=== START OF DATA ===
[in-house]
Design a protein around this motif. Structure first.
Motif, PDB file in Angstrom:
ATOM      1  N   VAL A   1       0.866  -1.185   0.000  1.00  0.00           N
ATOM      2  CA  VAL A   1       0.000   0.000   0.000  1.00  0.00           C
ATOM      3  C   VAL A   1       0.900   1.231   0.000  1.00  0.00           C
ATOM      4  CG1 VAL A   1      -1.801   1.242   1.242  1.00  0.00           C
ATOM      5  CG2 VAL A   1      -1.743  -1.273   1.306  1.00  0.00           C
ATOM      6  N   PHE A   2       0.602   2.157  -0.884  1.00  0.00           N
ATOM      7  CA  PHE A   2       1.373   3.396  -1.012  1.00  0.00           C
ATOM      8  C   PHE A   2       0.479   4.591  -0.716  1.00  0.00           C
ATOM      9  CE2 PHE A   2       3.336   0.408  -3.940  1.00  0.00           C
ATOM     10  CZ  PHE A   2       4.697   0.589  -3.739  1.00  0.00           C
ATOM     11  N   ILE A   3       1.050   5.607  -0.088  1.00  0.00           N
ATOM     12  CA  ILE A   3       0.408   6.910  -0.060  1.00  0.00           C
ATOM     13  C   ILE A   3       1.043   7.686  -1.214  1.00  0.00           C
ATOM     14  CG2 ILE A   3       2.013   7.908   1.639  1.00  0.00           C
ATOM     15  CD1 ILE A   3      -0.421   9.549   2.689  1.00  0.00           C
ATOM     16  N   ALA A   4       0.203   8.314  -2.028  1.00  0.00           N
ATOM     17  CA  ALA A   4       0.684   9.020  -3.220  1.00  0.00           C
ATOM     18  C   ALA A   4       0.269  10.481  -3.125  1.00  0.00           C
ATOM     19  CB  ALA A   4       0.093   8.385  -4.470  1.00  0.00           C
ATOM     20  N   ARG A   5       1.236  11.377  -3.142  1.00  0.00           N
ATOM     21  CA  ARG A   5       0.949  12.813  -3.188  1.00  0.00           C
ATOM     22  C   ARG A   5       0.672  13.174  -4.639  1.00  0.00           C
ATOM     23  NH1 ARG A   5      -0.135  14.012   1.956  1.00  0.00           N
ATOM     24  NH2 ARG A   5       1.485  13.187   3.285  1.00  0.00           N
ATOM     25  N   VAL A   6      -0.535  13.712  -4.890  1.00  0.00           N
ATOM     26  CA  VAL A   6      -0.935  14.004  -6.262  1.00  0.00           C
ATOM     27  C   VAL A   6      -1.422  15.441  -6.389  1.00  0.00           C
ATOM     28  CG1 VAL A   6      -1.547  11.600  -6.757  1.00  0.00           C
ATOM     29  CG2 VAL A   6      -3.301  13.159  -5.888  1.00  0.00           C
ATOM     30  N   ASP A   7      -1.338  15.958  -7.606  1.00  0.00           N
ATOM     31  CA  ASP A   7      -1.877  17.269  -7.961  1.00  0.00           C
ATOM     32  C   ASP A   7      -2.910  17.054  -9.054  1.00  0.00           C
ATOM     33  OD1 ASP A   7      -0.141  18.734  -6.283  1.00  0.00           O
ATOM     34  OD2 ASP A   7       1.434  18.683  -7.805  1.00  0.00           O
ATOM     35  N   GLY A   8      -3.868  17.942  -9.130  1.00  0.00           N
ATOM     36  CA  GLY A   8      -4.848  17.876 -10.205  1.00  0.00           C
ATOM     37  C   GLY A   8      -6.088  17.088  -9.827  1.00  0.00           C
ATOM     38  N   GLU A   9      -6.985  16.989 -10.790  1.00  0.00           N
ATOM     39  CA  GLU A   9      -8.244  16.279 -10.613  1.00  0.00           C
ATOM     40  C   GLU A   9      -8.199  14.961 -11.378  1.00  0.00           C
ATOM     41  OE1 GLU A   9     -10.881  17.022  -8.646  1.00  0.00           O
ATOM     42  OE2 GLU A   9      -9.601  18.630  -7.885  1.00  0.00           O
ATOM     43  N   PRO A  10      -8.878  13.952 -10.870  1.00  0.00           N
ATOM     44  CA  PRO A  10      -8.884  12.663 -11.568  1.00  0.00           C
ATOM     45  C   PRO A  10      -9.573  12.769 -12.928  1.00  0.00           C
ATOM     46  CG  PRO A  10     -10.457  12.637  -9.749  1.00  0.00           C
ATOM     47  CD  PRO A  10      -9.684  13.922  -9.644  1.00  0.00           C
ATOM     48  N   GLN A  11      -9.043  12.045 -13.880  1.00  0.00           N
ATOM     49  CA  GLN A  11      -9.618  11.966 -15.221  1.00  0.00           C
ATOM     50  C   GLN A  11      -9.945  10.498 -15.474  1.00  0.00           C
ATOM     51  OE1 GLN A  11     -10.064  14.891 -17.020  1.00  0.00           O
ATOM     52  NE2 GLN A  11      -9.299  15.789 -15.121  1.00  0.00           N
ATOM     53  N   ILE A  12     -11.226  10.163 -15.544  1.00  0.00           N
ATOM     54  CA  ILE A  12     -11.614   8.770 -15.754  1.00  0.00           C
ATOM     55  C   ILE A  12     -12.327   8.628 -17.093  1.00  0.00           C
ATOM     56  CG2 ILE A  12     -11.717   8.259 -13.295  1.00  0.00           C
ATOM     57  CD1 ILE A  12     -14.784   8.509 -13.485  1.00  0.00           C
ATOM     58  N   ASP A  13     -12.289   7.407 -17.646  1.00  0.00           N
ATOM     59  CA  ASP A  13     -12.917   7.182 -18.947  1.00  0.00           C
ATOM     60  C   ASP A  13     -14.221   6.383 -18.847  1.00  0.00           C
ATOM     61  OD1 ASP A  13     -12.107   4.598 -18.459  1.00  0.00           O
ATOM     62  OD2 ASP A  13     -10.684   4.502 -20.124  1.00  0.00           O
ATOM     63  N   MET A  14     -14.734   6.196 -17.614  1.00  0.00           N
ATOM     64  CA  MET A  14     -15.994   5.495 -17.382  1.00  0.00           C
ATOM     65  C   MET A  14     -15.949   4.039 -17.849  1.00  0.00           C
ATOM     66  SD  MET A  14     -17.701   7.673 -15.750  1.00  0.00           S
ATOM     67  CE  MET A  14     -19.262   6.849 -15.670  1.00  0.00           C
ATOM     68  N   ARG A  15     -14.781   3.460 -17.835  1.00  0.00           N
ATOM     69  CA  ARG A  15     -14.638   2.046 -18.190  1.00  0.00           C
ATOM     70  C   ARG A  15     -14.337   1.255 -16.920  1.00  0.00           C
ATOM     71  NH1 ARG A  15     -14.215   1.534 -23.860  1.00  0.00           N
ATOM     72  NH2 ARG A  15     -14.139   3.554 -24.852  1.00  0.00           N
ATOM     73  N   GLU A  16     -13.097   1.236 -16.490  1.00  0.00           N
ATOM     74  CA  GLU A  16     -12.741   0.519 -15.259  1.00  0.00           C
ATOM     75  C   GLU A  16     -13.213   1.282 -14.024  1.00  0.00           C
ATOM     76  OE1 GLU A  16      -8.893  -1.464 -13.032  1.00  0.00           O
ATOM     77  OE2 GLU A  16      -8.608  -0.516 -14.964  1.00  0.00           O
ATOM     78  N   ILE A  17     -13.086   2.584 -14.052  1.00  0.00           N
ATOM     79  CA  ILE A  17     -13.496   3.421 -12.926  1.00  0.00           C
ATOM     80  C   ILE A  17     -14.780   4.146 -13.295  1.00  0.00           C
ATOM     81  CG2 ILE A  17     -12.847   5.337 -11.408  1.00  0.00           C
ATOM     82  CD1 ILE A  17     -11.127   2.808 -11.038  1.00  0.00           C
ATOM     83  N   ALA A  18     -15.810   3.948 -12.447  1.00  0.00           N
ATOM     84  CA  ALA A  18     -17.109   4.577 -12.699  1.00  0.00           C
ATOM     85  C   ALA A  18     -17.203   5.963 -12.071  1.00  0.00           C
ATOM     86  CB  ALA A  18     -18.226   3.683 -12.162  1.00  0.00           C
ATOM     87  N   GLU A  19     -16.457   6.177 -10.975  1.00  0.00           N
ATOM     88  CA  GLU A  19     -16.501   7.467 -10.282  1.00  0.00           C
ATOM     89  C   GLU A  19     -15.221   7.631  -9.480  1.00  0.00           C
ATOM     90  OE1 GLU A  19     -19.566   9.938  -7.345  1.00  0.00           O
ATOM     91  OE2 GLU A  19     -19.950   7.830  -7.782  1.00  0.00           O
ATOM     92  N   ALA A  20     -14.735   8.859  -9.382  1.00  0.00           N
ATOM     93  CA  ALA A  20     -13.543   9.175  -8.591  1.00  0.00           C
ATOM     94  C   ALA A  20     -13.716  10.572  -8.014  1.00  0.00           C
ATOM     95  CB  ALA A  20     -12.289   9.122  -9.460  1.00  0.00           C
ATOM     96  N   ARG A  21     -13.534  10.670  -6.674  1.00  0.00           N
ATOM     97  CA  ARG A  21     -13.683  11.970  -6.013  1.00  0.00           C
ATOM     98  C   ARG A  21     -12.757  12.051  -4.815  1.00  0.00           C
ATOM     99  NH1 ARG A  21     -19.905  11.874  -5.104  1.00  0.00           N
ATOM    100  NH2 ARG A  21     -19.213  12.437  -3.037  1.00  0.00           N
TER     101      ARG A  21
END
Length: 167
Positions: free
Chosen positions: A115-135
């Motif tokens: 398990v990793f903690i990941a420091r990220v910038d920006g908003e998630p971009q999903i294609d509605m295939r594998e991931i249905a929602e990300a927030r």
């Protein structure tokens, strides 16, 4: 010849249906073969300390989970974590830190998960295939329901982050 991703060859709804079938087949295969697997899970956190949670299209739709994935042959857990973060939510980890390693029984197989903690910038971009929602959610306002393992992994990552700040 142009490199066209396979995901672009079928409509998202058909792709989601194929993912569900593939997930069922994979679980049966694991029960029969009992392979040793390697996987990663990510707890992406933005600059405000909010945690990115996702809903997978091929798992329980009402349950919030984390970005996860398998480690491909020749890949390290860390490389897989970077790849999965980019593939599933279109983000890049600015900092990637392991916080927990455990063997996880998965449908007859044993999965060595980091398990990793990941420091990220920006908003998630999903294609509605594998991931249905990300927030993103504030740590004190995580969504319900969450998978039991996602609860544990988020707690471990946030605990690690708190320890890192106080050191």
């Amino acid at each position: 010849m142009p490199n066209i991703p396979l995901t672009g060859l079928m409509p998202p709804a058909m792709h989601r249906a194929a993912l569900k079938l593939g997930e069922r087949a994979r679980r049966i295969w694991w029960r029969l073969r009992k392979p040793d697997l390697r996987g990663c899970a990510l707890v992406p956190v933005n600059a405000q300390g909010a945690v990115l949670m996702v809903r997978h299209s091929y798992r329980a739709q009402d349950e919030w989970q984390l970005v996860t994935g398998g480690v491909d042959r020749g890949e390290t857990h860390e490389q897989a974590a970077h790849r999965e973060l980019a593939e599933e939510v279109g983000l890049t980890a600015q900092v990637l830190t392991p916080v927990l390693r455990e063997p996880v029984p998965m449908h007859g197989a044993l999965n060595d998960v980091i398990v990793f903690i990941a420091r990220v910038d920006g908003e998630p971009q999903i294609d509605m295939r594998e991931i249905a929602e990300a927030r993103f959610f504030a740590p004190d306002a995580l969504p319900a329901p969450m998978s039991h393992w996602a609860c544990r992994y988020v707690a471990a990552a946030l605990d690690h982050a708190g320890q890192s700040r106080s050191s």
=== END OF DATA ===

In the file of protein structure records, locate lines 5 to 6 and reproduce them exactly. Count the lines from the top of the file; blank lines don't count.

ATOM      2  CA  VAL A   1       0.000   0.000   0.000  1.00  0.00           C
ATOM      3  C   VAL A   1       0.900   1.231   0.000  1.00  0.00           C